Tween Tuesdays (18)

Tuesday November 16, 2010

Tween Tuesdays is a meme I first saw at Green Bean Teen Queen and really liked because she is also a librarian who deals with teens and tweens. So, since most of my blog is devoted to YA and teen books I figured that on Tuesdays I can do posts for all the tweeners out there!








The Coming of the Dragon
by Rebecca Barnhouse
October 2010
Random House
Goodreads summary: Rebecca Barnhouse weaves Norse gods, blood feuds, and a terrifying dragon into this spectacular retelling of the end of the Old English poem Beowulf.

When he was a baby, Rune washed up onshore in a boat, along with a sword and a pendant bearing the runes that gave him his nickname. Some people thought he was a sacrifice to the gods and wanted to send him right back to the sea. Luckily for Rune, King Beowulf disagreed. He lifted the boy from the boat and gave him to Amma, a wisewoman living on a farm far removed from the king’s hall, to raise as she saw fit.

Sixteen years later, Rune spends his summers laboring on the farm. And at King Beowulf’s request, he comes to the hall each winter for weapons training. But somehow he never quite fits in. Many people still fear he will bring a curse on the kingdom. Then a terrible thing happens. On a lonely crag on a mountain that belongs to the giants, someone awakens a dragon. It is time for Rune to find the warrior inside himself and prove to the doubters once and for all that he is a true hero.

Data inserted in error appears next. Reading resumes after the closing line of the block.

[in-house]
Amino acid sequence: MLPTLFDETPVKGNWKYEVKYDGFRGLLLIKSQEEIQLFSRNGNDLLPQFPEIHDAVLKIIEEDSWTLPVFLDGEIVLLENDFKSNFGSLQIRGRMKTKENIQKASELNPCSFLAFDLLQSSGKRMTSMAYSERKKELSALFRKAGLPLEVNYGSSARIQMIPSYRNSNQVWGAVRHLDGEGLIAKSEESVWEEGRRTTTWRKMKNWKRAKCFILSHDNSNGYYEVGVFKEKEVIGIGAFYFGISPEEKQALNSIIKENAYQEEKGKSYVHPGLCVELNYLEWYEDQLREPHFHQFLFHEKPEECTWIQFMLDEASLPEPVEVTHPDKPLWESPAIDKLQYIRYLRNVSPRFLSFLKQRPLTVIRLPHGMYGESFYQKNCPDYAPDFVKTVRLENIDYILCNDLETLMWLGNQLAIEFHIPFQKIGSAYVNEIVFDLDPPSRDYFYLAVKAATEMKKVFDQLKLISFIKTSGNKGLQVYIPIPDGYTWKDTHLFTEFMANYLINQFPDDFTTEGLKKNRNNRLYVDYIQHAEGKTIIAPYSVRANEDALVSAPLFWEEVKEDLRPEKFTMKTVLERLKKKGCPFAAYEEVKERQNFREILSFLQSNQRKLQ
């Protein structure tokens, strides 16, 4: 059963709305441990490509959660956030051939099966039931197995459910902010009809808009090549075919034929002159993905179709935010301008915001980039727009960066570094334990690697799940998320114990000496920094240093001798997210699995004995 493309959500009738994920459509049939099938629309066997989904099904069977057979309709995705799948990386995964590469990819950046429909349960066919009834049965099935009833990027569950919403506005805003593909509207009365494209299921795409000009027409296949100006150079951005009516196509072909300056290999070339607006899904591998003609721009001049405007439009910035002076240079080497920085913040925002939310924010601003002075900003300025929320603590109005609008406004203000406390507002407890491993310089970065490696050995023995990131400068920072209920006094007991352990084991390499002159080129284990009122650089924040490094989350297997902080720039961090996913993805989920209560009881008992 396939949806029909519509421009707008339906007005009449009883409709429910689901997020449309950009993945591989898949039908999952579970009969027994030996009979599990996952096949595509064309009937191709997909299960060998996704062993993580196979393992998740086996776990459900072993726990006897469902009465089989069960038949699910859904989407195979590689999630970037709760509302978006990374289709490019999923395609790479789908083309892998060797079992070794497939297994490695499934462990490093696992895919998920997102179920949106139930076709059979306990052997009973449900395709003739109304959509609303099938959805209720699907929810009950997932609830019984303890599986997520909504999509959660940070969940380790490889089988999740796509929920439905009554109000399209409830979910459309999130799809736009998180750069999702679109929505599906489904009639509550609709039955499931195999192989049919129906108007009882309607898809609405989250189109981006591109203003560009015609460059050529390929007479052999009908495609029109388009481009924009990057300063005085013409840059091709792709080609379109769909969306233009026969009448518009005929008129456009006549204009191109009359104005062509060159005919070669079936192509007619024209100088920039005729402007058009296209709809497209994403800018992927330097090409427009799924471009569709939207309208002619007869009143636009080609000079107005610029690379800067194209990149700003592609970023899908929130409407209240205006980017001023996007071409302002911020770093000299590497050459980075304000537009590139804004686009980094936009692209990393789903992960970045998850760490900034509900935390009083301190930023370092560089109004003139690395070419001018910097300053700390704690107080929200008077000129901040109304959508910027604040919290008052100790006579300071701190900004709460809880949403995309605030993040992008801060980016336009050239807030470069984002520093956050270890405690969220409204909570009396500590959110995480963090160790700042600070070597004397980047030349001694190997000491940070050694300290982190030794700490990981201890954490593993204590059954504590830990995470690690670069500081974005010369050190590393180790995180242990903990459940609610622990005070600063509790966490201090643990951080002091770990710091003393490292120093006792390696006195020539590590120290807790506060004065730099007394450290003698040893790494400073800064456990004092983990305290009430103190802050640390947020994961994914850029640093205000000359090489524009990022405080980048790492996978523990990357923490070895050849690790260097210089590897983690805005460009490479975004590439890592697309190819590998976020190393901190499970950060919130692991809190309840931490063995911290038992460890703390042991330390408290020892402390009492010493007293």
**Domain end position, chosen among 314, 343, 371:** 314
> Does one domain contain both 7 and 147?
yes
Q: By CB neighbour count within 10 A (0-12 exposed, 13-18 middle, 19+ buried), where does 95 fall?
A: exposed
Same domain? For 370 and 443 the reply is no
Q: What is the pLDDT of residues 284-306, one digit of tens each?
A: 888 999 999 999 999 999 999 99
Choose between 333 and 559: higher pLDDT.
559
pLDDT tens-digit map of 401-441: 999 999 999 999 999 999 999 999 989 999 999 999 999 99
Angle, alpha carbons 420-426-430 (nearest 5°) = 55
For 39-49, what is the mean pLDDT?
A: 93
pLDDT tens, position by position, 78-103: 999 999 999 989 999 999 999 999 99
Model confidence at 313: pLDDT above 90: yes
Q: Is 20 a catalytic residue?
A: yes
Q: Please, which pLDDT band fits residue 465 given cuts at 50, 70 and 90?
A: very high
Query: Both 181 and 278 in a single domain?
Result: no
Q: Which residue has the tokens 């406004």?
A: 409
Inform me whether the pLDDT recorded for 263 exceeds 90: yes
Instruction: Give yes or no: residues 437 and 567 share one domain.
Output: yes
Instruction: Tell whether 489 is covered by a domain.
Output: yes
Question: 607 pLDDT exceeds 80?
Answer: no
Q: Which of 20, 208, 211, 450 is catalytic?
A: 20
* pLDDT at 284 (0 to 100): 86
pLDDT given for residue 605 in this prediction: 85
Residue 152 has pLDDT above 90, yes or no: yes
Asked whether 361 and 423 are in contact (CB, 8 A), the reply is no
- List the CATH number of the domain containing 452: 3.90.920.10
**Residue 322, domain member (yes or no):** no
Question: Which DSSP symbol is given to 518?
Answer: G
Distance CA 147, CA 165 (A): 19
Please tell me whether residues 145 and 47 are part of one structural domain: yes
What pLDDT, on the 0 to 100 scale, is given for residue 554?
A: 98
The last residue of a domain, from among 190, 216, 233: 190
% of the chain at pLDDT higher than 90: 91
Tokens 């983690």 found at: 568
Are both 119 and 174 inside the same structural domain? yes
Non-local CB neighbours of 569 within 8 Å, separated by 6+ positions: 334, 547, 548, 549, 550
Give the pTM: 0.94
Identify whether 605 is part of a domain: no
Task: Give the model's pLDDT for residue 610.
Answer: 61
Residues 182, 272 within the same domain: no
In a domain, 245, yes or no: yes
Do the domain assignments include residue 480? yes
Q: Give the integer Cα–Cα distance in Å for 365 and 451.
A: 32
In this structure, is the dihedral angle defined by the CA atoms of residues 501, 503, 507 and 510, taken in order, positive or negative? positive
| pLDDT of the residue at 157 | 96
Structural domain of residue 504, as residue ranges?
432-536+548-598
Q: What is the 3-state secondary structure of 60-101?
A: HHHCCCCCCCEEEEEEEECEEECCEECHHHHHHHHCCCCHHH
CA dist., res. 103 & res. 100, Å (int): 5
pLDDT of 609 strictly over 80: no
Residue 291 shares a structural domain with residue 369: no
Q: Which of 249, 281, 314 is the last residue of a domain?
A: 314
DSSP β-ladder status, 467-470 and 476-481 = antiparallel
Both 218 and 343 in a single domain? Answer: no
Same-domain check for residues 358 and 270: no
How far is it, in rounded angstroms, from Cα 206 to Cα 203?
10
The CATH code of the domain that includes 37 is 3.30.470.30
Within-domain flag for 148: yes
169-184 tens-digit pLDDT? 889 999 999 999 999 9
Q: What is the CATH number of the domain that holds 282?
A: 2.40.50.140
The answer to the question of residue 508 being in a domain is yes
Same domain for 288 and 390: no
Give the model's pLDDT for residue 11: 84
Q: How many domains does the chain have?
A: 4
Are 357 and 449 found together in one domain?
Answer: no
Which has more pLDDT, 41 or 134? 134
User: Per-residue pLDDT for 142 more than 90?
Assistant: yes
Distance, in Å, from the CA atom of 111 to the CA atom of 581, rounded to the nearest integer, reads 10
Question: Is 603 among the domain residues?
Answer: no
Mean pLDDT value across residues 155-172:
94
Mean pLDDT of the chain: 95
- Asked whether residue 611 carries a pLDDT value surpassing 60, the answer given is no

My thoughts....This is an imaginative tale that focuses on a certain character towards the end of the story Beowulf. In the original story Wiglaf goes with Beowulf to seek out a dragon that has attacked Great-Land. This is the first time Wiglaf has gone to war at Beowulf's side and he proves to him what a great and noble warrior he is. When Beowulf damages his sword wounding the dragon and is burned by the dragon's fire,Wiglaf is the only man fighting with Beowulf to overcome his fear of the dragon and stays by Beowulf's side. He maintains his courage and goes to Beowulf's aid crying words of encouragement. Ultimately, Beowulf names Wiglaf the heir to his kingdom.

The author focuses on this part of the Beowulf story and adds depth and detail of her own to weave an intricate coming-of-age story of a young boy, Rune (although not a part of the original tale, this is the nickname given to Wiglaf in the book.) An author's note at the end of the book states that her story is weaved around questions she has always had about the Beowulf tale...What was it about that dragon that scared away even the noblest of warriors? What was it about Wiglaf that gave him the courage to stay?

This would make an excellent classroom read to add depth to any lessons regarding the Beowulf poem. An adventurous, dragon-slaying tale that is a must for middle school libraries!


2 comments:

GreenBeanTeenQueen said...

This book looks cool! Great for adventure readers and I like that it could be a good classroom addition!:)

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